Obama should recess-appoint Elizabeth Warren, but not nominate her, writes Ian Ayres: "The president should make a recess appointment of Elizabeth Warren and simultaneously nominate Sarah Raskin for the same position. During the July 4 Senate recess, the president may constitutionally exercise his recess appointment right and appoint Warren to begin serving immediately as the CFPB’s director. Warren is the perfect candidate to initially lead the agency...Raskin is a natural successor. She is abundantly qualified for the position. It would be hard for Republican senators to argue that Raskin, as a recently confirmed Federal Reserve governor, is a bad-faith nominee...While traditional recess appointments usurp the Senate’s advise-and-consent role, the 'appoint and nominate' strategy would empower the Senate to end the recess appointment as soon as it wanted. Warren would, in effect, serve at the pleasure of the Senate."

Obama is legally allowed to ignore the debt ceiling, writes Matthew Zeitlin: "Barring a timely resolution to the standoff, could President Obama simply ignore the debt ceiling and keep making good on the country’s obligations? As the deadline grows nearer, the question has been popping up on law blogs and other forums, and according to a number of legal experts with whom I spoke, the answer, surprisingly, appears to be yes--and it is conservative justices who have played the biggest role in making it possible...When it comes to Congress’s ability to stop the Obama administration from ignoring the debt ceiling, legal experts note that the first obstacle standing in its way is the question of standing, or whether a certain party has the right to sue over an issue in the first place....Even if standing could be established...some legal experts note that an additional argument of surprising strength could be made: The government cannot legally default on its debts."

The financial crisis was hardly an anomaly, write Paul Krugman and Robin Wells: "The great financial crisis of 2008-2009, whose consequences still blight our economy, is sometimes portrayed as a 'black swan' or a '100-year flood'--that is, as an extraordinary event that nobody could have predicted. But it was, in fact, just the most recent installment in a recurrent pattern of financial overreach, taxpayer bailout, and subsequent Wall Street ingratitude. And all indications are that the pattern is set to continue...The first thing you need to know about the cycle of financial overreach, crisis, and bailout is that it was not always thus. The United States emerged from the Great Depression with a tightly regulated financial sector, and for about forty years those regulations were enough to keep banking both safe and boring...Over the course of the 1970s and 1980s, however, both the political consensus in favor of boring banking and the structure of regulations that kept banking safe unraveled."

We can, and should, run a regular budget deficit, writes Josh Barro: "The federal government can, and should, run a structural budget deficit in perpetuity. The key is just that the deficit should not be too large; roughly, 2 percent of GDP would be an acceptable figure. This is an idea that people tend to recoil from instinctively. Deficit spending is supposed to be irresponsible, and you can’t do it forever!...The period from 1960 to 1982 saw improving debt to GDP ratios, even as the government ran a budget deficit during every year except one...For most of the last 50 years, we had a sustainable fiscal policy and budget deficits. That’s because key to sustainability isn’t balance--it is making sure that the public debt does not grow faster (over the long term) than the economy."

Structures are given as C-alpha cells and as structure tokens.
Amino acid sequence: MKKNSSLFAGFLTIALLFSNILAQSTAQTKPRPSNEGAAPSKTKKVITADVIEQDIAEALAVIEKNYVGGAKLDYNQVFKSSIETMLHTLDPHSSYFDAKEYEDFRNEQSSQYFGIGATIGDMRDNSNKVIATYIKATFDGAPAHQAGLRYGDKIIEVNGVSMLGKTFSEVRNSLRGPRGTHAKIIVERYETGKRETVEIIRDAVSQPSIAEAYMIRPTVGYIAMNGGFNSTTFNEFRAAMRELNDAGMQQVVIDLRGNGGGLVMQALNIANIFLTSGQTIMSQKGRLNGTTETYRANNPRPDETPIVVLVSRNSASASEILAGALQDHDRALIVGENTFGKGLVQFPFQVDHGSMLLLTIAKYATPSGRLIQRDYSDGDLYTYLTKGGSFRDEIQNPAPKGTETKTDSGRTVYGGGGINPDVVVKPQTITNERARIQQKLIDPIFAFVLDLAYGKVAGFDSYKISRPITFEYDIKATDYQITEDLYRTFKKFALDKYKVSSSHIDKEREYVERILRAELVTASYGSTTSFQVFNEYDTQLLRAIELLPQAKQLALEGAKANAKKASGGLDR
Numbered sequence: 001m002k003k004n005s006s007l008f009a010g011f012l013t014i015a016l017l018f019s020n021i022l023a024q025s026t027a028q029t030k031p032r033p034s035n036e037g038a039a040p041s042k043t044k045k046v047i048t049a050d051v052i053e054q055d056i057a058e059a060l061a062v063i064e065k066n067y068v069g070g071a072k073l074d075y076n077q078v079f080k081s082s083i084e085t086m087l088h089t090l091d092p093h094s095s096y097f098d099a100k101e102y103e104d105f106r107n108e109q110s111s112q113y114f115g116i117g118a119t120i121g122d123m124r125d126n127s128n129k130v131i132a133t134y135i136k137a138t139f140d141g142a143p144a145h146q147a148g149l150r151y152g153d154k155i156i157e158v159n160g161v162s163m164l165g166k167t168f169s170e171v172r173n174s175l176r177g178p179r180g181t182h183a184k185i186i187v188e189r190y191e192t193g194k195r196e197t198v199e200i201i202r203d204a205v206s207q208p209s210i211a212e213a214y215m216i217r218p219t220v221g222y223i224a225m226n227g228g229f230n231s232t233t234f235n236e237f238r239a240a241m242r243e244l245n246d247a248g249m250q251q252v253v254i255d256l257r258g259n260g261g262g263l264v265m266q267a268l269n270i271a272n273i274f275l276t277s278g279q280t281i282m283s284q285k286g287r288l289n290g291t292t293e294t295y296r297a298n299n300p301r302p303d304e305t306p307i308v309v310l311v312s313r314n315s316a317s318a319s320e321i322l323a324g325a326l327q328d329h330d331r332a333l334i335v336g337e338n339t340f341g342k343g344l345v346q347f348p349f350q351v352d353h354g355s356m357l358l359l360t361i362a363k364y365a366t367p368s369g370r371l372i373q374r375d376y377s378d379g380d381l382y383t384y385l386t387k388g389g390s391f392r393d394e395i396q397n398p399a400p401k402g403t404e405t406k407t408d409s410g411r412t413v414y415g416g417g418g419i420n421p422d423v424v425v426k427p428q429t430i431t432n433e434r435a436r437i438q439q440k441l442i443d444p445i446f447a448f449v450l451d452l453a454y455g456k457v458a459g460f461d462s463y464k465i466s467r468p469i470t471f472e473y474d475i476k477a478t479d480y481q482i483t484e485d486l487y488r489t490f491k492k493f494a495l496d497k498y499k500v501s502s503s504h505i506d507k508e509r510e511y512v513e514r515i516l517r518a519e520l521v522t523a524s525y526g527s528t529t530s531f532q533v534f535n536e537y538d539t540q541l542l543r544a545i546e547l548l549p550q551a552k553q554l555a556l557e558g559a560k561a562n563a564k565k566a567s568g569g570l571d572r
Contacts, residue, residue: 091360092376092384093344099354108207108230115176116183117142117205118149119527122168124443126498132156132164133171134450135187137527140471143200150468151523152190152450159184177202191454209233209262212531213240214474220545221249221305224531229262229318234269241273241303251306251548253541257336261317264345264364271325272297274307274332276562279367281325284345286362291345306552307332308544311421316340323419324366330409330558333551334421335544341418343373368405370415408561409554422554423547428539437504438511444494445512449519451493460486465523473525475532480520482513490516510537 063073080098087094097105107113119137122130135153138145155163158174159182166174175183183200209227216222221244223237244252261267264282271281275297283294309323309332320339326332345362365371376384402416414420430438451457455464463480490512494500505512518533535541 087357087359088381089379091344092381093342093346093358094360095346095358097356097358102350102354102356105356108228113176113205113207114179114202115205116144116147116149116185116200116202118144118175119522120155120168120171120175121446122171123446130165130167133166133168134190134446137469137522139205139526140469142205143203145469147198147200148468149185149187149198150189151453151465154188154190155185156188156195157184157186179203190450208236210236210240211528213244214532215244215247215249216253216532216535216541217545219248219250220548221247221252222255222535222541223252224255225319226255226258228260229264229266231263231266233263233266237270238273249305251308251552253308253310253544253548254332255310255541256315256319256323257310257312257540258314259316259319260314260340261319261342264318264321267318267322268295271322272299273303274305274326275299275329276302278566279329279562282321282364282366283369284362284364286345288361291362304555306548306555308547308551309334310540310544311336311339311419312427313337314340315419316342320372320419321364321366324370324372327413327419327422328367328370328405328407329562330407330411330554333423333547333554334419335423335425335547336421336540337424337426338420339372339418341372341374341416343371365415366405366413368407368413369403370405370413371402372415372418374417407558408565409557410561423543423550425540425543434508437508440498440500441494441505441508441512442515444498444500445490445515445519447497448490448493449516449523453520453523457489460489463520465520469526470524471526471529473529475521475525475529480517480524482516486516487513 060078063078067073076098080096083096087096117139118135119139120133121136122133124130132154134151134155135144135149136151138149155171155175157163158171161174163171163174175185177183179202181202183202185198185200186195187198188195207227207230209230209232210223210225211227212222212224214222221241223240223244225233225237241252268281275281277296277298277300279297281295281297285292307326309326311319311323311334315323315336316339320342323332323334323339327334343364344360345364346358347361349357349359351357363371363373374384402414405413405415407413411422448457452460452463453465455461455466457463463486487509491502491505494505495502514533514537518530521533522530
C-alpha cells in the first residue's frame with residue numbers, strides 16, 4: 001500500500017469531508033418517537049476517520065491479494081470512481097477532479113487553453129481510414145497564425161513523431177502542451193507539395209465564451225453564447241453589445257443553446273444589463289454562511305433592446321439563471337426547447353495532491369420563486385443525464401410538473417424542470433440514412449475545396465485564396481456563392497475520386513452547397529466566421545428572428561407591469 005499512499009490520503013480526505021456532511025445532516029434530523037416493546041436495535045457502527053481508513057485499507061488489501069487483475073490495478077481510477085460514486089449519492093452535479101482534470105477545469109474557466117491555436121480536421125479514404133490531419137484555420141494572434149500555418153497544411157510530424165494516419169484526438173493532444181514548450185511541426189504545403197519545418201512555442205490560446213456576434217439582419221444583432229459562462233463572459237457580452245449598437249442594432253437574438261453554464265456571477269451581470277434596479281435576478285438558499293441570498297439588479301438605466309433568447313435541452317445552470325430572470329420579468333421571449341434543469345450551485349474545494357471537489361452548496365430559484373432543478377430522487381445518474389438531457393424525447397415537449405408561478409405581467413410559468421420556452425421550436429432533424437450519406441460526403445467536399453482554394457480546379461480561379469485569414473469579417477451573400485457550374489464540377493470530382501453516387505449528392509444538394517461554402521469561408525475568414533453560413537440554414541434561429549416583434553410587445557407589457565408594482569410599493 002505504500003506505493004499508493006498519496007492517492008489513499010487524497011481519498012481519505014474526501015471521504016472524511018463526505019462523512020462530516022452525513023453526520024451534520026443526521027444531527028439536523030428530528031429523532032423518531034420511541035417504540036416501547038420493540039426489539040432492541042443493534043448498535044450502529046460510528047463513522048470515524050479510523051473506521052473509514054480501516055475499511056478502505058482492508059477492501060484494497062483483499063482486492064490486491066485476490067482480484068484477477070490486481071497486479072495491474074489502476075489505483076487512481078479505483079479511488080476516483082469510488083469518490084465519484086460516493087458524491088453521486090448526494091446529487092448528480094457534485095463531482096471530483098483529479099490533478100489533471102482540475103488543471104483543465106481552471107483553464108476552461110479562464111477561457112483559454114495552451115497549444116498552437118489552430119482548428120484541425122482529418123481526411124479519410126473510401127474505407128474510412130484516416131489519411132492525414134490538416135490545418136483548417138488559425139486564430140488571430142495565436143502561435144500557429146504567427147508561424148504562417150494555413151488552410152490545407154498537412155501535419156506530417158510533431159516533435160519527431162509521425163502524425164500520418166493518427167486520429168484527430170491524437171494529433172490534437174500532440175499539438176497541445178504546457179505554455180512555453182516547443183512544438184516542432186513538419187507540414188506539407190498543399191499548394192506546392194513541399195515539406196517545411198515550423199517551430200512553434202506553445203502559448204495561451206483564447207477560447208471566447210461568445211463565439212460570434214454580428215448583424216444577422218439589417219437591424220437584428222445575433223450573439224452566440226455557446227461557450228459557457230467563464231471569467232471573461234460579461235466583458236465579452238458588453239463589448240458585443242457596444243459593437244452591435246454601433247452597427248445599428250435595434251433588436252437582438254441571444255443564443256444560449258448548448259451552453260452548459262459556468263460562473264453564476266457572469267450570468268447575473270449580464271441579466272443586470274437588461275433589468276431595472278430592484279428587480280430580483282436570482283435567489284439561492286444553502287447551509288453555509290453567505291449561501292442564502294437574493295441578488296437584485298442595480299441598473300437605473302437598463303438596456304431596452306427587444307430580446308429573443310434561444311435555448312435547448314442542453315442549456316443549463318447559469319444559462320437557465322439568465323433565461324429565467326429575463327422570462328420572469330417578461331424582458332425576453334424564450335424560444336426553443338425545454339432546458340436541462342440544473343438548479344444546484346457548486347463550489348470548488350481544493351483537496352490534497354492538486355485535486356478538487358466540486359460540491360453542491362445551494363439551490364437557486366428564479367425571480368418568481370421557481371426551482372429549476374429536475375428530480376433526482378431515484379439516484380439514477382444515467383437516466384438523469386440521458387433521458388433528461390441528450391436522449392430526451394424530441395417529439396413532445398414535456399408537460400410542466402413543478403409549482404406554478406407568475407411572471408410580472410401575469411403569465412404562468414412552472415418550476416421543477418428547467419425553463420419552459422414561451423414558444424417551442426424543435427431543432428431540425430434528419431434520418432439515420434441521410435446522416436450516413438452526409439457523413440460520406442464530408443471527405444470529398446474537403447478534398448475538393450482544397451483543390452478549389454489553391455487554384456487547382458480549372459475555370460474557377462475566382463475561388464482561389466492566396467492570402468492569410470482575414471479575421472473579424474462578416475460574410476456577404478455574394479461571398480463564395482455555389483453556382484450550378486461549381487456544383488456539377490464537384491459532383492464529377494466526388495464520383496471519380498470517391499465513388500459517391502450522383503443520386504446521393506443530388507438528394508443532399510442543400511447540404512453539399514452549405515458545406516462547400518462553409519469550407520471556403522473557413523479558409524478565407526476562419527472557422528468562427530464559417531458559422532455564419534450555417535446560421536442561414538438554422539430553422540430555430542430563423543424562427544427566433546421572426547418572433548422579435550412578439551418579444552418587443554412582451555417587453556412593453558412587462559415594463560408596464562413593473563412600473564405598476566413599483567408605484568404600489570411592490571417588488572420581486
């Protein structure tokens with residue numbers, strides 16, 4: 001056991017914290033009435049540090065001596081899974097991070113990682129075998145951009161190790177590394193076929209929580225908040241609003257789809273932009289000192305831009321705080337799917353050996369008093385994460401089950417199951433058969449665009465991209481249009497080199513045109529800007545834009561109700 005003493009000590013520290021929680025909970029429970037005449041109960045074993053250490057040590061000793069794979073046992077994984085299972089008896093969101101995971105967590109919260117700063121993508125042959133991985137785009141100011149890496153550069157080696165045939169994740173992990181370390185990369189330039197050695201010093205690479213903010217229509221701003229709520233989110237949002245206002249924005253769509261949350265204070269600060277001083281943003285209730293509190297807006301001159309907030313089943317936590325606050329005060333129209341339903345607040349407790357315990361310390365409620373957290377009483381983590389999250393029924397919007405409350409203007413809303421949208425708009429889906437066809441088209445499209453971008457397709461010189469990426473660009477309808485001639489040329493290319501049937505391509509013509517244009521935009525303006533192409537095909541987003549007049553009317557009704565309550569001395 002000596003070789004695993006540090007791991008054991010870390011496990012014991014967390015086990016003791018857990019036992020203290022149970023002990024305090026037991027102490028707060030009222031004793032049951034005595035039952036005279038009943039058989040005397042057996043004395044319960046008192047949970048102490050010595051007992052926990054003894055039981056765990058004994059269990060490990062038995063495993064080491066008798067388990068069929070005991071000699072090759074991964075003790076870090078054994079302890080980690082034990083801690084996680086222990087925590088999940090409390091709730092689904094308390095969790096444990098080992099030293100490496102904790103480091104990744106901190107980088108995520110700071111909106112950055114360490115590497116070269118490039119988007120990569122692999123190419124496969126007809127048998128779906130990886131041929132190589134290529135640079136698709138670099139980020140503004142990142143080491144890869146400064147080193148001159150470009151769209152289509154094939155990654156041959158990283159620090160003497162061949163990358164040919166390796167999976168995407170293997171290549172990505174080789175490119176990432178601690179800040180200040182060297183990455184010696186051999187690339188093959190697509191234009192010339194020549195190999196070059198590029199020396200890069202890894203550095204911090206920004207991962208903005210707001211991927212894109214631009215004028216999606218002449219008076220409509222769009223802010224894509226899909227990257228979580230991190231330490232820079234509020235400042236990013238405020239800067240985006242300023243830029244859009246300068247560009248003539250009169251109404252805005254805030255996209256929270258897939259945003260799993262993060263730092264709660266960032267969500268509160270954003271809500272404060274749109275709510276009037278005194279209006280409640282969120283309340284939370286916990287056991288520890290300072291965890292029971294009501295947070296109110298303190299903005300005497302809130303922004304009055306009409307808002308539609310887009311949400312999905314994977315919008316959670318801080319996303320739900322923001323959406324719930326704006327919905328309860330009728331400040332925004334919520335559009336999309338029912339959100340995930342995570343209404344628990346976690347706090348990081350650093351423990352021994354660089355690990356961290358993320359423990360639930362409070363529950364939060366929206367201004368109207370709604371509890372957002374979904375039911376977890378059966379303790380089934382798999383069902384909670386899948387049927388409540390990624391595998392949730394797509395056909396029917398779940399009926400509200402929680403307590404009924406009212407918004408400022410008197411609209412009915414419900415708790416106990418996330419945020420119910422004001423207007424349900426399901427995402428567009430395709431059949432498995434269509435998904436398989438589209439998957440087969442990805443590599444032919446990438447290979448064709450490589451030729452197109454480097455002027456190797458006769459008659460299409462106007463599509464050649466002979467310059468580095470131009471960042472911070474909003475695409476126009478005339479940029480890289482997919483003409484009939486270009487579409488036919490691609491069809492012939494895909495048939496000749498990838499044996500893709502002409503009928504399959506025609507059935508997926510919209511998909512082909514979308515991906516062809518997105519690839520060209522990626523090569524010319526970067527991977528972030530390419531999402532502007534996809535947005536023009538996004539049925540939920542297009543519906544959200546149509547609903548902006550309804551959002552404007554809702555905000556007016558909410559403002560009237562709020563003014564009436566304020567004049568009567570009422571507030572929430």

How is this already retro interlude: A montage of '90s pop culture.

Health Care

Providers are moving slowly on electronic records, reports Matt Dobias: "Electronic health records are at the center of some of the key reforms of the Affordable Care Act, because having reliable data to track patients, trends and possible fraud is one of the ways reformers think they will eventually be able to bend the cost curve. But so far, only a scant number of providers are fully using the technology -- and even fewer use it so as to qualify for federal incentive payments. Through mid-May, just 1,026 registered hospitals and physicians out of a possible 56,599 have shown they use electronic records and other digital technology to meet federal 'meaningful use' standards, and only 861 of them have actually received payment for doing so, according to data collected by the Centers for Medicare & Medicaid Services and obtained by POLITICO."

We need IPAB, writes Kathleen Sebelius: "A key part of the president’s plan, the Independent Payment Advisory Board, has recently been the subject of inaccurate claims. Critics say it will ration care and put bureaucrats in charge of the health care system. Nothing could be further from the truth. As this debate continues, it’s important to set the record straight. Here’s how the advisory board works. It is made up of 15 health experts, including doctors, other health care professionals, employers, economists and consumer representatives. Members will be recommended by Congress, appointed by the president and confirmed by the Senate. Contrary to critics’ contentions, the board’s work will be transparent, independent and accountable to Congress and the president...Moreover, Congress will still have the final decision on any changes."